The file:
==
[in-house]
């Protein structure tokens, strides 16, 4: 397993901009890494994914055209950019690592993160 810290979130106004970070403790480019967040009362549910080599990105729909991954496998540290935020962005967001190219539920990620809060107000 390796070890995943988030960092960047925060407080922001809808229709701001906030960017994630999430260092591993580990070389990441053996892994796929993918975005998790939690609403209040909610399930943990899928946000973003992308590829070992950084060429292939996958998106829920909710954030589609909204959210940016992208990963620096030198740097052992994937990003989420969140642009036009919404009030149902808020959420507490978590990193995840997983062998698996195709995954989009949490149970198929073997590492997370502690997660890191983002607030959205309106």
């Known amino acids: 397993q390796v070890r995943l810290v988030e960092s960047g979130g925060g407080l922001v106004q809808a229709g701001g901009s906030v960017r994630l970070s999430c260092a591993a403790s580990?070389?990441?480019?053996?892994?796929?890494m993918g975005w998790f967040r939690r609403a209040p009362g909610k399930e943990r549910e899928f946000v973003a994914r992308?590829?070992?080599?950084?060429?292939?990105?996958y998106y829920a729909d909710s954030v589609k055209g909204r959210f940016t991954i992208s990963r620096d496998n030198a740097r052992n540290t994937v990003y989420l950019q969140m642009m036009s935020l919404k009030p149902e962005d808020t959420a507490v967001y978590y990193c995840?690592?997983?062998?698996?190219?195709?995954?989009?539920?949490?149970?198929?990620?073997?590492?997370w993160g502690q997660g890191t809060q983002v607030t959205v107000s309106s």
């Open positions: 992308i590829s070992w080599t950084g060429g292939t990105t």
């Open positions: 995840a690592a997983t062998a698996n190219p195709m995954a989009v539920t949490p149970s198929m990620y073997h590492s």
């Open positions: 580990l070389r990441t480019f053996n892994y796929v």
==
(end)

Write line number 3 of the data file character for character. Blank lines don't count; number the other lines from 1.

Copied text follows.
């Known amino acids: 397993q390796v070890r995943l810290v988030e960092s960047g979130g925060g407080l922001v106004q809808a229709g701001g901009s906030v960017r994630l970070s999430c260092a591993a403790s580990?070389?990441?480019?053996?892994?796929?890494m993918g975005w998790f967040r939690r609403a209040p009362g909610k399930e943990r549910e899928f946000v973003a994914r992308?590829?070992?080599?950084?060429?292939?990105?996958y998106y829920a729909d909710s954030v589609k055209g909204r959210f940016t991954i992208s990963r620096d496998n030198a740097r052992n540290t994937v990003y989420l950019q969140m642009m036009s935020l919404k009030p149902e962005d808020t959420a507490v967001y978590y990193c995840?690592?997983?062998?698996?190219?195709?995954?989009?539920?949490?149970?198929?990620?073997?590492?997370w993160g502690q997660g890191t809060q983002v607030t959205v107000s309106s």